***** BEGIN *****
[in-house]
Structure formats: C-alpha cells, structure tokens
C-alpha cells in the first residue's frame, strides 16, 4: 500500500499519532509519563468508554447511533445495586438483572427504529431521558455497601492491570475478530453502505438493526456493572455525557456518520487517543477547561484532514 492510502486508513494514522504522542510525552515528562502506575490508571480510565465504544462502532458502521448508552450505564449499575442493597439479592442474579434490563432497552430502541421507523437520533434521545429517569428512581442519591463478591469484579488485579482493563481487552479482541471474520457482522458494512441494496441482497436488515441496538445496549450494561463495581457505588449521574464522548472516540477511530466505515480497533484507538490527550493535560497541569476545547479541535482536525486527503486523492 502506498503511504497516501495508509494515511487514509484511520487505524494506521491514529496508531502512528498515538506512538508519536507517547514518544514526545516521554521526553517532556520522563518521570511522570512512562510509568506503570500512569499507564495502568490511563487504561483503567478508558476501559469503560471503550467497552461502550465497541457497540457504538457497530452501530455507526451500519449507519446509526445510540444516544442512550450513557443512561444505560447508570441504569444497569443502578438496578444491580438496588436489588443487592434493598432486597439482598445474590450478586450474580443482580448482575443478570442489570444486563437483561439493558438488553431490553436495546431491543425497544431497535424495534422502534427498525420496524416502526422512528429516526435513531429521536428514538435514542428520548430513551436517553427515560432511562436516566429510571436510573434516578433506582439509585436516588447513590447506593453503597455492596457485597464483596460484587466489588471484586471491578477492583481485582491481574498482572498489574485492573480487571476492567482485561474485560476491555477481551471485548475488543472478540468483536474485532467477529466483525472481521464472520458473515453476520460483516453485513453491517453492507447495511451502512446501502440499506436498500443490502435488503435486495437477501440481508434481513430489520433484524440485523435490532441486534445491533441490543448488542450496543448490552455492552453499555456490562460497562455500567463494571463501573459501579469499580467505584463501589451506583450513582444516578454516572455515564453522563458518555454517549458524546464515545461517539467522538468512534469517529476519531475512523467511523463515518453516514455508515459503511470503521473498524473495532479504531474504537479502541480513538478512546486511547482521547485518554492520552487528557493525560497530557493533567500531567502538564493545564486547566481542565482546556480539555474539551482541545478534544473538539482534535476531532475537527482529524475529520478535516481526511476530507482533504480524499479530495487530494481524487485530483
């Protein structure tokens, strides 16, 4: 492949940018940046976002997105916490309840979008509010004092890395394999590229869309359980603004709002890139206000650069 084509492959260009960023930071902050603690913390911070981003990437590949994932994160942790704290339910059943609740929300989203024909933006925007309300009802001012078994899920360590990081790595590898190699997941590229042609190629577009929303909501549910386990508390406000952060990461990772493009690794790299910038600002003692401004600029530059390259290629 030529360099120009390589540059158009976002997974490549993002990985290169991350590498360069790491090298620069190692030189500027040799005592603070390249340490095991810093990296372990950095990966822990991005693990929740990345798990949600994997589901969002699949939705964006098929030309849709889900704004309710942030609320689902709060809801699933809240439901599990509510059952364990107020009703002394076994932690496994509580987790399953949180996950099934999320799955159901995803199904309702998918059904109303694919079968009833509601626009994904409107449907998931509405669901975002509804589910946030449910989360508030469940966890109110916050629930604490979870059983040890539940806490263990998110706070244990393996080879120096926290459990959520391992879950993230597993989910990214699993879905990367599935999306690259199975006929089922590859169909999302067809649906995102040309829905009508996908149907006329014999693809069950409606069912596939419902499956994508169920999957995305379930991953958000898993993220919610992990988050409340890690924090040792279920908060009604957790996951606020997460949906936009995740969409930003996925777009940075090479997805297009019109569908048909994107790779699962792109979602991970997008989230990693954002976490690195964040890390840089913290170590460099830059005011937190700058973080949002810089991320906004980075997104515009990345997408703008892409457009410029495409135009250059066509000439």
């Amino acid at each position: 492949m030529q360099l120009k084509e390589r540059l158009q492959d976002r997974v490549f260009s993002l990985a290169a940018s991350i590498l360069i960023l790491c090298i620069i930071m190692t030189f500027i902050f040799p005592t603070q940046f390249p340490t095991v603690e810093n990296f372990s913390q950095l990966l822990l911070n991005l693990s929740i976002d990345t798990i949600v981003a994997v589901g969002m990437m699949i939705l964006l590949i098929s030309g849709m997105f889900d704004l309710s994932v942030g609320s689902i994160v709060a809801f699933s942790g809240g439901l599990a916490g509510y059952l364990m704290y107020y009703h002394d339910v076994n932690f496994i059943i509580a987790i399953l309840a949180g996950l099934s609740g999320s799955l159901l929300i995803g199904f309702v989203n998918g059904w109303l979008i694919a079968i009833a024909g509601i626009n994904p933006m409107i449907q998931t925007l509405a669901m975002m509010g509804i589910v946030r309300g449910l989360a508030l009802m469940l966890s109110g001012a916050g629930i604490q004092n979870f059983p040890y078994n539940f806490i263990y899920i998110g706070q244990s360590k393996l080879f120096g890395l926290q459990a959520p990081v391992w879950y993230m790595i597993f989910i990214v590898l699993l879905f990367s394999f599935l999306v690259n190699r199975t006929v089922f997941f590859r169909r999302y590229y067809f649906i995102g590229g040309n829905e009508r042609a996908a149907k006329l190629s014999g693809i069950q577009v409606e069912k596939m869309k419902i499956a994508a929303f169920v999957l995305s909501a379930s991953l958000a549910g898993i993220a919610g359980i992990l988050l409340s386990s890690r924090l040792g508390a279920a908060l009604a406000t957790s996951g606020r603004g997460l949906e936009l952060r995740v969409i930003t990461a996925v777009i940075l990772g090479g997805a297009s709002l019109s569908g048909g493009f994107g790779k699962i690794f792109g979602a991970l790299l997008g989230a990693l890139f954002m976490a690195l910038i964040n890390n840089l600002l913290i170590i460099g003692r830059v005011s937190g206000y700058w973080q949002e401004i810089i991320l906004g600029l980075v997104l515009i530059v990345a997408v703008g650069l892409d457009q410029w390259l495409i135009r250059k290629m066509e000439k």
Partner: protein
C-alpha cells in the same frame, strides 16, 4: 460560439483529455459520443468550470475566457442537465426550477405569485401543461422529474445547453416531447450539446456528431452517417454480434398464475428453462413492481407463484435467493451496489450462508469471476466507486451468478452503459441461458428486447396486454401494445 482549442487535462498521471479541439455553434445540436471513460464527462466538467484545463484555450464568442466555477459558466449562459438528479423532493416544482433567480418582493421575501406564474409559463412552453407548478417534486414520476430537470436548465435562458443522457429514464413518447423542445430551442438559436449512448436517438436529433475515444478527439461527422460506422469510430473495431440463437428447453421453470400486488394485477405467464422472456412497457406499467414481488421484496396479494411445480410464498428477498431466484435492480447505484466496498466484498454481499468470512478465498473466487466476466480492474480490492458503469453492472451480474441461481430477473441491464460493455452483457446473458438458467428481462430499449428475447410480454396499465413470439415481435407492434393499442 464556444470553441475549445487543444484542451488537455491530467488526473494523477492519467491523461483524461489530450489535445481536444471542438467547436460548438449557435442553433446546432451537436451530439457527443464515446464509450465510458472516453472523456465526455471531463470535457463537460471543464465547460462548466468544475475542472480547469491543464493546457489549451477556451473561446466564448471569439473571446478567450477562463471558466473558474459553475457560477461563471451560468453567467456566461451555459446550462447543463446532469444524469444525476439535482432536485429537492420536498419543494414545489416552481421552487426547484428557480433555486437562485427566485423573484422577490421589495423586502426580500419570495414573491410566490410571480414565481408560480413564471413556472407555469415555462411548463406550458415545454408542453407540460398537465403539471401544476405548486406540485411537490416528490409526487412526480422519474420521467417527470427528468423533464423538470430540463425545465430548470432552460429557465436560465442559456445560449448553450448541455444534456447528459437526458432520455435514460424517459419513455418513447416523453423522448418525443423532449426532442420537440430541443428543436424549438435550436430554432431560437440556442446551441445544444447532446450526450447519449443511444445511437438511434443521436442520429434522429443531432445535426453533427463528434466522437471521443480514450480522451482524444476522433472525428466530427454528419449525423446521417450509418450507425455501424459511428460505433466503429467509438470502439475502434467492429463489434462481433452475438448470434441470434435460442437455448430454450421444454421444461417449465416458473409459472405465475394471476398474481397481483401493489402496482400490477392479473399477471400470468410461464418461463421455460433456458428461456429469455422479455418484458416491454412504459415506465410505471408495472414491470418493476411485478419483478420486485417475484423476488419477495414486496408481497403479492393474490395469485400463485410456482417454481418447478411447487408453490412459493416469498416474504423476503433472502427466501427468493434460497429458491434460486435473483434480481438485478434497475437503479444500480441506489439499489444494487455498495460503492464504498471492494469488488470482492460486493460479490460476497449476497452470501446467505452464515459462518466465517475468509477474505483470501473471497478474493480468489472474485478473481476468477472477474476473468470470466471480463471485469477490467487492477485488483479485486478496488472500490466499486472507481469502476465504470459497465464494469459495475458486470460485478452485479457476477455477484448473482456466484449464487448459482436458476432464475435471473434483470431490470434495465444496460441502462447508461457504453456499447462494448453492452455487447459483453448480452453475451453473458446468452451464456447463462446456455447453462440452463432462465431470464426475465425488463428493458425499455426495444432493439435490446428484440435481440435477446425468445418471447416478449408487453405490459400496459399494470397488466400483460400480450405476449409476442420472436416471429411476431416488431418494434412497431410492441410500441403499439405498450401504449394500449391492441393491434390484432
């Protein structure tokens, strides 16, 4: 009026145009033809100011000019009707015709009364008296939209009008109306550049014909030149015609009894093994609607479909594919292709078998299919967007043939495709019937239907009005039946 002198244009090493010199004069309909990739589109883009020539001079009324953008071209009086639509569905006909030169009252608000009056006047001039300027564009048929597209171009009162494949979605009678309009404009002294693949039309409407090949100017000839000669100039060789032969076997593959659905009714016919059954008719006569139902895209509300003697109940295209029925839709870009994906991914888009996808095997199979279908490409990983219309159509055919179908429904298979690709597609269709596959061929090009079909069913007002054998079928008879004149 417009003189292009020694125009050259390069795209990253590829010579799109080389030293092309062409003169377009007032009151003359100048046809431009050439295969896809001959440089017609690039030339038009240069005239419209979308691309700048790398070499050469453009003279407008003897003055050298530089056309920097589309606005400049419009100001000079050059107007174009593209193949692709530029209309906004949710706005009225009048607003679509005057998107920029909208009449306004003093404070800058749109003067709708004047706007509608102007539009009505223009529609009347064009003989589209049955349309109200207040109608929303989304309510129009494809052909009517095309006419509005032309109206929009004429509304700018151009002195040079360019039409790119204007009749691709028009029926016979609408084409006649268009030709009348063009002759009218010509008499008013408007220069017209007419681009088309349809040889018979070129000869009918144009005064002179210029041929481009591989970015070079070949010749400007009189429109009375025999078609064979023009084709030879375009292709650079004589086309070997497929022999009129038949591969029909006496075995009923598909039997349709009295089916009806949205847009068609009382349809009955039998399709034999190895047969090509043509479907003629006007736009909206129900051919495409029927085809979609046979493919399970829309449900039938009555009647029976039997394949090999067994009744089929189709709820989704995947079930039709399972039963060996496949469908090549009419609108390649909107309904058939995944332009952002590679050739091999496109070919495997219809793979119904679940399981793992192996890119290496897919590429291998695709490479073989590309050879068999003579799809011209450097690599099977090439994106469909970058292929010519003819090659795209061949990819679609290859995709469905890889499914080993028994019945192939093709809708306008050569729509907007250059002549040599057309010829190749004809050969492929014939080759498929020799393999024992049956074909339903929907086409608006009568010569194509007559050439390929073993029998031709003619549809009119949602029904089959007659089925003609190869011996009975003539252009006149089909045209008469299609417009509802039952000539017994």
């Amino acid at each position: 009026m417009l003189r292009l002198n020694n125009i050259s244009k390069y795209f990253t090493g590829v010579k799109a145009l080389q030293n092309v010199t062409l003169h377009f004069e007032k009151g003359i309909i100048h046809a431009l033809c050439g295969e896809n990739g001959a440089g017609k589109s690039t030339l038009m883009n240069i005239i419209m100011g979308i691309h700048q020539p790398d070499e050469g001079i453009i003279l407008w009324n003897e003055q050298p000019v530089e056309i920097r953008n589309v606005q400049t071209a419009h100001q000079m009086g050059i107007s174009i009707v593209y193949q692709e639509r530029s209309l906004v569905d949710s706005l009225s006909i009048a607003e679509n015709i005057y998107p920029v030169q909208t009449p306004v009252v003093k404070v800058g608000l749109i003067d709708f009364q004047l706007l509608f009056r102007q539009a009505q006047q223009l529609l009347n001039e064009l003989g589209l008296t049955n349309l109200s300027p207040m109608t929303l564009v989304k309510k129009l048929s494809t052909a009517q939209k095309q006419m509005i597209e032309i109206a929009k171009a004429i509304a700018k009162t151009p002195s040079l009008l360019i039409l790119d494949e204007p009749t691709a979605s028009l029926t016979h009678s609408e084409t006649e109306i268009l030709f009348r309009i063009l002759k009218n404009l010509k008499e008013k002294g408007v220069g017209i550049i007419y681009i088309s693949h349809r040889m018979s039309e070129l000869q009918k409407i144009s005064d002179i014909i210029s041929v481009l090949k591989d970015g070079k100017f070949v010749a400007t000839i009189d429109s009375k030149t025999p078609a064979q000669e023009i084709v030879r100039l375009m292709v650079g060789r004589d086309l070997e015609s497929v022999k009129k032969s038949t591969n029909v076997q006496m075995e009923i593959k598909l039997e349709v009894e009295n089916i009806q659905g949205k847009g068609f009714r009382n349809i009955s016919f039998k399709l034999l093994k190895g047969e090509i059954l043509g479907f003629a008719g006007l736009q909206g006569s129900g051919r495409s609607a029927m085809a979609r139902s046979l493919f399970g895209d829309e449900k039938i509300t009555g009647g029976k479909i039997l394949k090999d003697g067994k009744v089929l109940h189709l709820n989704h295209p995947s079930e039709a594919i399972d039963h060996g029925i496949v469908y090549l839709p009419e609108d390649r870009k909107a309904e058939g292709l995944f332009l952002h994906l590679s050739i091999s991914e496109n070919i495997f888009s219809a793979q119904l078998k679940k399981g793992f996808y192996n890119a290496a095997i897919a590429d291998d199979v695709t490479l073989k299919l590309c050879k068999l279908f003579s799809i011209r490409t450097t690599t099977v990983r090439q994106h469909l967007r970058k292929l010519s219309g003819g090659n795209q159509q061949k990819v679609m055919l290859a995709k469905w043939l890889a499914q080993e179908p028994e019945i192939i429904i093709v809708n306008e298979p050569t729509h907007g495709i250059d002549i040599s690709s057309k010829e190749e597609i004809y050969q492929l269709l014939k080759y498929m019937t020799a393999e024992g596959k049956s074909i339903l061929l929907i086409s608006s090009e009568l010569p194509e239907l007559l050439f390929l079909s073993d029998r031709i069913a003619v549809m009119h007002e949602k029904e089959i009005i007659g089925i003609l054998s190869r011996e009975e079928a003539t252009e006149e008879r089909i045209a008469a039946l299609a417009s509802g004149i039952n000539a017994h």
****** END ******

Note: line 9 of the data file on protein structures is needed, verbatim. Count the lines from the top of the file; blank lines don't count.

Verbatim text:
């Amino acid at each position: 009026m417009l003189r292009l002198n020694n125009i050259s244009k390069y795209f990253t090493g590829v010579k799109a145009l080389q030293n092309v010199t062409l003169h377009f004069e007032k009151g003359i309909i100048h046809a431009l033809c050439g295969e896809n990739g001959a440089g017609k589109s690039t030339l038009m883009n240069i005239i419209m100011g979308i691309h700048q020539p790398d070499e050469g001079i453009i003279l407008w009324n003897e003055q050298p000019v530089e056309i920097r953008n589309v606005q400049t071209a419009h100001q000079m009086g050059i107007s174009i009707v593209y193949q692709e639509r530029s209309l906004v569905d949710s706005l009225s006909i009048a607003e679509n015709i005057y998107p920029v030169q909208t009449p306004v009252v003093k404070v800058g608000l749109i003067d709708f009364q004047l706007l509608f009056r102007q539009a009505q006047q223009l529609l009347n001039e064009l003989g589209l008296t049955n349309l109200s300027p207040m109608t929303l564009v989304k309510k129009l048929s494809t052909a009517q939209k095309q006419m509005i597209e032309i109206a929009k171009a004429i509304a700018k009162t151009p002195s040079l009008l360019i039409l790119d494949e204007p009749t691709a979605s028009l029926t016979h009678s609408e084409t006649e109306i268009l030709f009348r309009i063009l002759k009218n404009l010509k008499e008013k002294g408007v220069g017209i550049i007419y681009i088309s693949h349809r040889m018979s039309e070129l000869q009918k409407i144009s005064d002179i014909i210029s041929v481009l090949k591989d970015g070079k100017f070949v010749a400007t000839i009189d429109s009375k030149t025999p078609a064979q000669e023009i084709v030879r100039l375009m292709v650079g060789r004589d086309l070997e015609s497929v022999k009129k032969s038949t591969n029909v076997q006496m075995e009923i593959k598909l039997e349709v009894e009295n089916i009806q659905g949205k847009g068609f009714r009382n349809i009955s016919f039998k399709l034999l093994k190895g047969e090509i059954l043509g479907f003629a008719g006007l736009q909206g006569s129900g051919r495409s609607a029927m085809a979609r139902s046979l493919f399970g895209d829309e449900k039938i509300t009555g009647g029976k479909i039997l394949k090999d003697g067994k009744v089929l109940h189709l709820n989704h295209p995947s079930e039709a594919i399972d039963h060996g029925i496949v469908y090549l839709p009419e609108d390649r870009k909107a309904e058939g292709l995944f332009l952002h994906l590679s050739i091999s991914e496109n070919i495997f888009s219809a793979q119904l078998k679940k399981g793992f996808y192996n890119a290496a095997i897919a590429d291998d199979v695709t490479l073989k299919l590309c050879k068999l279908f003579s799809i011209r490409t450097t690599t099977v990983r090439q994106h469909l967007r970058k292929l010519s219309g003819g090659n795209q159509q061949k990819v679609m055919l290859a995709k469905w043939l890889a499914q080993e179908p028994e019945i192939i429904i093709v809708n306008e298979p050569t729509h907007g495709i250059d002549i040599s690709s057309k010829e190749e597609i004809y050969q492929l269709l014939k080759y498929m019937t020799a393999e024992g596959k049956s074909i339903l061929l929907i086409s608006s090009e009568l010569p194509e239907l007559l050439f390929l079909s073993d029998r031709i069913a003619v549809m009119h007002e949602k029904e089959i009005i007659g089925i003609l054998s190869r011996e009975e079928a003539t252009e006149e008879r089909i045209a008469a039946l299609a417009s509802g004149i039952n000539a017994h």